My Week with Superheroes

It seems today that we are constantly bombarded with doom and gloom, human tragedy and conflict. It is easy for someone to get depressed or worried about what the future holds for us. I am sure many of you, like me, at times just have to shut off the TV, power down your laptop or tablet, or however you get your news, because you can’t take it anymore. You may daydream about a superhero, like Batman, coming to the rescue of Gotham City, or Superman, flying in to save the day for Metropolis.

Well this week I had an amazing opportunity to spend an awe-inspiring week watching superhuman feats in Pittsburgh. In Pittsburgh? Yes, in Pittsburgh. And it had nothing to do with the Steelers, Penguins or the Pirates. Pittsburgh is where 1700 students from over 75 countries gathered to compete in Intel’s International Science and Engineering Fair, a program of the Society for Science and the Public.

intelisef2015At first I thought it might be a bit of an exaggeration when Intel’s Futurist, Brain David Johnson, asked the 1700 high school innovators to lean in so he could share with them a secret – that they were in fact superheroes.  This got me thinking about how you would define a superhero. The definition I found says a superhero is a type of heroic character possessing extraordinary talents, supernatural phenomena, or superhuman powers and is dedicated to a moral goal or protecting the public.

OK, with that definition in mind, are these young scientist and innovators super heroes? I will let you be the judge.

First, let’s take a look at Raymond Wang, a 17 year old from Vancouver, British Columbia, Canada. He received the Gordon E. Moore Award of $75,000 for his study of airflow in an aircraft cabin to curb disease transmission. Raymond simulated 32 scenarios of cabin airflow to track the flow of pathogens in a Boeing 737 and identified a new air inlet system that would improve the availability of fresh air in the cabin by more than 190 percent while reducing pathogen inhalation concentrations by up to 55 times compared to conventional designs.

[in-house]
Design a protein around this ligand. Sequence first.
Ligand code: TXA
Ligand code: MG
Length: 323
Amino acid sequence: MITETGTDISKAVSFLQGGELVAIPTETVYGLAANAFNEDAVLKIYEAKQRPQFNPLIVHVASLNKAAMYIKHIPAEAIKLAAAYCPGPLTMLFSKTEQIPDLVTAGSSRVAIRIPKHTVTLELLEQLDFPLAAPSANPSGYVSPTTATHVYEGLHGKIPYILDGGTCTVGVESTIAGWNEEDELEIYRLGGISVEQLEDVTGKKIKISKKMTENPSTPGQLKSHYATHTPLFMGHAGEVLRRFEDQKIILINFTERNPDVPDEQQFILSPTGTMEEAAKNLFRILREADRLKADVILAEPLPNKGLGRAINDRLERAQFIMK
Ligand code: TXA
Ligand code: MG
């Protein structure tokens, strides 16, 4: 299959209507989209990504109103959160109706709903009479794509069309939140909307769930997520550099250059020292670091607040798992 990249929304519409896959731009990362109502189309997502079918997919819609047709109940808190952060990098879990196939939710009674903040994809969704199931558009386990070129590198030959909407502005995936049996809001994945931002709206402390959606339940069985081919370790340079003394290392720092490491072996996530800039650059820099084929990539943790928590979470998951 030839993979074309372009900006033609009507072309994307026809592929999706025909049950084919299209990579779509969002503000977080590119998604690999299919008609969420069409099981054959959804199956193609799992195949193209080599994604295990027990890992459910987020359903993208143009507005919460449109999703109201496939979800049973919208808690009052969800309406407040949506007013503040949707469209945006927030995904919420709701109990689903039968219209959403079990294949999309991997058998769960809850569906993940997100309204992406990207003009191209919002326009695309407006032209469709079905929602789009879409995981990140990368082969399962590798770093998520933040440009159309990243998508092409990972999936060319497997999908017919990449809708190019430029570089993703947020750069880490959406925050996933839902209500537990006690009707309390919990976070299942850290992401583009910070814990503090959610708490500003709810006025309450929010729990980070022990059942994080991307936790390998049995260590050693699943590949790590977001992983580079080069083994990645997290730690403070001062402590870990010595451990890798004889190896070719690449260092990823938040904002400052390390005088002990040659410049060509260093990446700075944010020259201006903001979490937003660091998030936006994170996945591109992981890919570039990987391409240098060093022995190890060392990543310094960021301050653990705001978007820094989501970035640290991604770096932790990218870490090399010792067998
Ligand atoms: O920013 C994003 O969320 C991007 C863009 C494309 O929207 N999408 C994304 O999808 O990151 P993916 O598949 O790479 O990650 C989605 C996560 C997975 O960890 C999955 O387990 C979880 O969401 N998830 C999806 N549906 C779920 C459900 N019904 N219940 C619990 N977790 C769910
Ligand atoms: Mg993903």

Second, let’s consider Nicole Ticea, 16, of Vancouver, British Columbia, Canada, who received the Intel Foundation Young Scientist Award of $50,000 for developing an inexpensive, easy-to-use testing device to combat the high rate of undiagnosed HIV infection in low-resource communities. Nicole designed, prototyped, and tested her invention, a disposable, self-contained, electricity-free microfluidic cartridge that should cost less than $5.00 to produce and only requires a small drop of blood to obtain a readout, making it perfect for use with newborn babies.

Or how about Karan Jerath, 18, of Friendswood, Texas, who received the Intel Foundation Young Scientist Award of $50,000 for refining and testing a novel device that should allow an undersea oil well to rapidly and safely recover following a blowout. His work was inspired when the Deepwater Horizon well spilled millions of barrels of oil into the Gulf of Mexico five years ago because a cofferdam (a containment enclosure) deployed to the site failed to stop the leak. Karan has developed a better cofferdam that separates the natural gas, oil, and ocean water and accommodates different water depths, pipe sizes, and fluid compositions.

intelisef2015winnersSo I ask you, do Raymond, Nicole and Karan have extraordinary talents or superhuman powers dedicated to protecting the public or a moral goal? I would say the answer to that question is a resounding yes. Of course, they are just three examples of the more than 1700 finalists who all have equally convincing cases to be made.

Intel is proud to sponsor this amazing competition and I appreciate so much the Society for Science and the Public who make this event possible. I want to thank Pittsburgh for being such a terrific host. I also hope that those of you who sometimes dream that a superhero will save the day will not just live out that fantasy by just watching the latest Marvel movie (they are fun movies, by the way). Instead I hope you will take comfort in knowing that there are scientists, young and old, who are putting their superhuman strengths to work to lift society and you will recognize them for the superheroes they are.